It has been a year since Florida State football star Myron Rolle famously arrived on the field halfway into Florida State's 37-3 victory against the University of Maryland. The standout safety was capping off a whirlwind November day that marked an exciting chapter in Rolle's story, one that picked up steam this summer and will be a hot topic when the NFL draft process starts in the next few months.
The reason Rolle was late to the game last November: Earlier that day, Rolle traveled to Birmingham, Ala., where he was interviewed for a Rhodes Scholarship, one of the most prestigious honors bestowed upon the world's top college students. After his interview, Rolle hopped on a charter flight to join his team in College Park, Md., for the critical Atlantic Coast Conference showdown with Maryland. While traveling—just hours after his interview and about three hours before kickoff—Rolle received the good news: He had been selected as a Rhodes scholar.
But the biggest news was yet to come. After the football season, Rolle, a potential first-round NFL draft pick, made the unlikely decision to delay his draft entry for one season and take advantage of the Rhodes Scholarship. After graduating with a bachelor's degree in exercise science in 2½ years and earning a master's degree in public administration, Rolle chose to pursue his second master's—this one in medical anthropology, a yearlong program that analyzes the social aspects of medicine. Rolle says the degree will help him once he enters the medical field—he wants to be a neurosurgeon—after his football career ends. He is one of 32 American students studying as Rhodes scholars at England's esteemed University of Oxford this fall.
"One of the [Rhodes Scholarship] interviewers asked me what I'm passionate about, and I said bringing good, quality healthcare to underserved people," Rolle said in June. "[The year at Oxford] will behoove me when I pursue my career in healthcare. I will be looking at cultures and how medicine interacts with them. One of the things I've found in talking with doctors is, when they do Doctors Without Borders and try to deliver healthcare, there's a barrier. I don't want to be that way."
One of the major factors in Rolle's Rhodes selection was his desire to work with the community. His weeklong overnight camp, the Myron Rolle Wellness and Leadership Academy at Camp Blanding in Starke, Fla., took place over the summer. The camp, which Rolle created with Florida Secretary of Children and Families George Shelton, taught 100 foster kids from Florida about physical fitness and leadership. Each child had a personal mentor.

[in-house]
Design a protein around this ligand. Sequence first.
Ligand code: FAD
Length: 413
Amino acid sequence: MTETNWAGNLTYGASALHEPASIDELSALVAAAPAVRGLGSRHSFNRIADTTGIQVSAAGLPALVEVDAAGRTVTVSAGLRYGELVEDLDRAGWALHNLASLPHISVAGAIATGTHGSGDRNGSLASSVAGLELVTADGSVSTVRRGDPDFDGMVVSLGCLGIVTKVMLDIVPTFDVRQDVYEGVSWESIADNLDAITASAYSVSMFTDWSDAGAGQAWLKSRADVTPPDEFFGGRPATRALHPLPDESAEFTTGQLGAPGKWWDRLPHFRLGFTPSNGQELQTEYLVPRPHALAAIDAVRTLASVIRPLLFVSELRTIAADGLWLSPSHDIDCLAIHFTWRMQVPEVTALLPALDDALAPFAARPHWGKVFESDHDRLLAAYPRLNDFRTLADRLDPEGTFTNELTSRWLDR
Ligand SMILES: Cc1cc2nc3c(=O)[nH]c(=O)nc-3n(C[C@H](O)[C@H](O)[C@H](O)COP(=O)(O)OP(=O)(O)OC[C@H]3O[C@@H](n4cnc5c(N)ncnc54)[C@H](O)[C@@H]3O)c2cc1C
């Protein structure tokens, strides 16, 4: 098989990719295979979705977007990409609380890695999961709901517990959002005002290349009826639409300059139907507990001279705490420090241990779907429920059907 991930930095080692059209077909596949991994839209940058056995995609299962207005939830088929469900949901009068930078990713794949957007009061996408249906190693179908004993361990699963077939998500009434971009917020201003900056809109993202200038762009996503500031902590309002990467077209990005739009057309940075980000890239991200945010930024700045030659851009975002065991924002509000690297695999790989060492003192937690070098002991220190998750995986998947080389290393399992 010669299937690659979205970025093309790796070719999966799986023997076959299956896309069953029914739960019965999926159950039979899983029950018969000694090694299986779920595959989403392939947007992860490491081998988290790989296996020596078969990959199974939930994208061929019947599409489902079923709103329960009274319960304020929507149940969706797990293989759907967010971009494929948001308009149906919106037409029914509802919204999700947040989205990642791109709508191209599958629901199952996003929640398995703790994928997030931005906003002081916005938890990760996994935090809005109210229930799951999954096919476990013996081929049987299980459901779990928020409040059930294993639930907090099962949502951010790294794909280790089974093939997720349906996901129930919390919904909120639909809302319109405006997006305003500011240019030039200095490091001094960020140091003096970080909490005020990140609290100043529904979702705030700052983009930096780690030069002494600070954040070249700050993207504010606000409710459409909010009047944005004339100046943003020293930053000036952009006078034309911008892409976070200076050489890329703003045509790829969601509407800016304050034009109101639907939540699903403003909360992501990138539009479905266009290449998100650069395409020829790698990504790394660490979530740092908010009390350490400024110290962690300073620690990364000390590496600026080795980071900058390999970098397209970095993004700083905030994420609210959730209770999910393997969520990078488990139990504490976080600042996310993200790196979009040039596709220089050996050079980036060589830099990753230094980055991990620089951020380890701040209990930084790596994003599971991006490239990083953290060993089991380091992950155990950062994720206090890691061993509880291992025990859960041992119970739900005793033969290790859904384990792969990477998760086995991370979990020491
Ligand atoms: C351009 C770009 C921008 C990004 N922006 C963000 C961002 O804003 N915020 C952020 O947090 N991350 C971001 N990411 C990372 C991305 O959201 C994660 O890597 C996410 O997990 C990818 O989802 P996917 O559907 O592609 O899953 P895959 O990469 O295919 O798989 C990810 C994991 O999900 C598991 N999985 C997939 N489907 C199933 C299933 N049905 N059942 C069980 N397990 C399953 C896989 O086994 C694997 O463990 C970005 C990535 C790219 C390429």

Rolle had plenty of chances to affect the community while at Florida State, too. While studying as an undergrad, Rolle received a $4,000 grant for cancer-related research. And in conjunction with the university, he started a health and fitness education program for Seminole Tribe children in Okeechobee, Fla. It's because of those character-boosting experiences that Rolle's agent, Leigh Steinberg, believes Rolle's NFL future is bright, even with the year off to study at Oxford. Steinberg says NFL owners and general managers will fall in love with Rolle despite his absence from the major scouting events leading up to the 2010 draft.
"Myron's skill set is Leonardo da Vinci-like," Steinberg, who estimated that he has represented 10 Pro Bowl safeties, said in June. "He's an incredible role model. He's a gifted public speaker; he can write; he can play musical instruments; he can sing. It just doesn't stop. He is a once-in-a-generation human being."
Rolle, who started in 35 games and played in 38 at Florida State, faces a daunting task this school year. The 6-foot-2, 215-pound whiz kid has to maintain and improve his speed, strength, and conditioning for the NFL while pursing his studies at one of the best universities in the world. He gets six weeks off from Oxford starting in December, and he'll use that time to work out for NFL teams and show scouts that he hasn't lost a step. While in England, he's been working with a team of trainers to prepare for the upcoming NFL workouts. And before he headed to Oxford, Rolle worked out in Orlando with well-known performance trainer Tom Shaw. Time will tell if it's enough to get him selected in the first few rounds of the draft.